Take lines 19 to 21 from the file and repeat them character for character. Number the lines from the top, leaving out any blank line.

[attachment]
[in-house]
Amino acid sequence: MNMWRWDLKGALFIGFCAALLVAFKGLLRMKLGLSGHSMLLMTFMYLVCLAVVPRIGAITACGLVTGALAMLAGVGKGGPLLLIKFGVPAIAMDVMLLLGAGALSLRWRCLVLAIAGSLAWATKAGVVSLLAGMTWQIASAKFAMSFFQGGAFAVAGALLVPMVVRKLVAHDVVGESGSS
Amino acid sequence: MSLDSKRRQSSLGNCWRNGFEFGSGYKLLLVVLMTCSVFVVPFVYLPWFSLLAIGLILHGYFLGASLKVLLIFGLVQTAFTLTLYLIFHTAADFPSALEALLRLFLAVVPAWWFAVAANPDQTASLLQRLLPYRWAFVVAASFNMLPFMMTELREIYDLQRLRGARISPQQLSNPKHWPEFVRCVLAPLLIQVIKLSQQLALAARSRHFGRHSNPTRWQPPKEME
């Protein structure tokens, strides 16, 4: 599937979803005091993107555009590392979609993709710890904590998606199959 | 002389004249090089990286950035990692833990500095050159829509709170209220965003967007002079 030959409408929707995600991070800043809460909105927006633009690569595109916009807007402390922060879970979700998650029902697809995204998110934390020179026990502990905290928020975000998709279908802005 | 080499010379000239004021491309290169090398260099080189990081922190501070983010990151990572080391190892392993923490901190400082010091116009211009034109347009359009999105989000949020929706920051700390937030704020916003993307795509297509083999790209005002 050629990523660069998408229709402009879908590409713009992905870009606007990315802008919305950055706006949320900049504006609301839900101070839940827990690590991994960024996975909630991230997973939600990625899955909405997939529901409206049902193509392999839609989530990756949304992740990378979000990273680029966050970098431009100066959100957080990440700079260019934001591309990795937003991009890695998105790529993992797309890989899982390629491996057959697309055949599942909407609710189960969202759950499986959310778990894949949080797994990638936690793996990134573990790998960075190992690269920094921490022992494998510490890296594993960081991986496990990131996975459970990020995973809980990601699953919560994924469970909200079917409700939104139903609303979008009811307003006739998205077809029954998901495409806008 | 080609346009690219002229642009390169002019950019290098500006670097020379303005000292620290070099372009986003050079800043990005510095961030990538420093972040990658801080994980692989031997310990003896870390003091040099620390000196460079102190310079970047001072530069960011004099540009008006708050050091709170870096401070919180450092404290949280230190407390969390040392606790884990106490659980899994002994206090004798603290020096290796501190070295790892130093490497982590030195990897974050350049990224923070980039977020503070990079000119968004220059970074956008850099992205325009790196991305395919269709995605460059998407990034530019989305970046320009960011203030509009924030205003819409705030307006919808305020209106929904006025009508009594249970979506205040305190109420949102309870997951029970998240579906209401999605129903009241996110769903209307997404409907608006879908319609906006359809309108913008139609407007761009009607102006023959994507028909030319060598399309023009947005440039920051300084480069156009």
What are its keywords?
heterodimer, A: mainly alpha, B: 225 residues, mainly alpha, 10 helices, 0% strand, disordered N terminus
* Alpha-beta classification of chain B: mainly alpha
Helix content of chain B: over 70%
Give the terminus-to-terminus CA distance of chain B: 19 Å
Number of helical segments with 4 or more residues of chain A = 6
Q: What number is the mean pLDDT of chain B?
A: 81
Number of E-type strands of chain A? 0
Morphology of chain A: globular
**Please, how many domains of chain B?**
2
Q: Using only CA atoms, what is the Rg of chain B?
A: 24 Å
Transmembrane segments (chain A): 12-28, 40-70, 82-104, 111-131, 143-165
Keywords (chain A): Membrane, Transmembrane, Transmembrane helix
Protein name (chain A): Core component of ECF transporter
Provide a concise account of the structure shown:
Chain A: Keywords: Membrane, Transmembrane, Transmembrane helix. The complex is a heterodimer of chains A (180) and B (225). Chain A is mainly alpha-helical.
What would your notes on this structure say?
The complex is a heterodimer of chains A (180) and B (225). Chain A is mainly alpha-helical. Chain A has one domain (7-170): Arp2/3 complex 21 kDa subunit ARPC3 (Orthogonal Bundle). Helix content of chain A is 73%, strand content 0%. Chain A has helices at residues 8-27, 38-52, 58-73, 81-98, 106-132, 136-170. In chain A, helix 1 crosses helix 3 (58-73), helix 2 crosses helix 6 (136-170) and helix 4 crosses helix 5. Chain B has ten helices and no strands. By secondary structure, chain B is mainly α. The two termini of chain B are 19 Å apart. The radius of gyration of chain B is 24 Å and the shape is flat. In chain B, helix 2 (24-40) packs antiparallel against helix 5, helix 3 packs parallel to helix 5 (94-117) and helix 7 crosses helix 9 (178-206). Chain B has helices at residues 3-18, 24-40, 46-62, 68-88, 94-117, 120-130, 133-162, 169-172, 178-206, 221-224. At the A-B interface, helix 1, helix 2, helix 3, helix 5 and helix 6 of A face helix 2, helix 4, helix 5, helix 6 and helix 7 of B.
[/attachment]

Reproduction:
Transmembrane segments (chain A): 12-28, 40-70, 82-104, 111-131, 143-165
Keywords (chain A): Membrane, Transmembrane, Transmembrane helix
Protein name (chain A): Core component of ECF transporter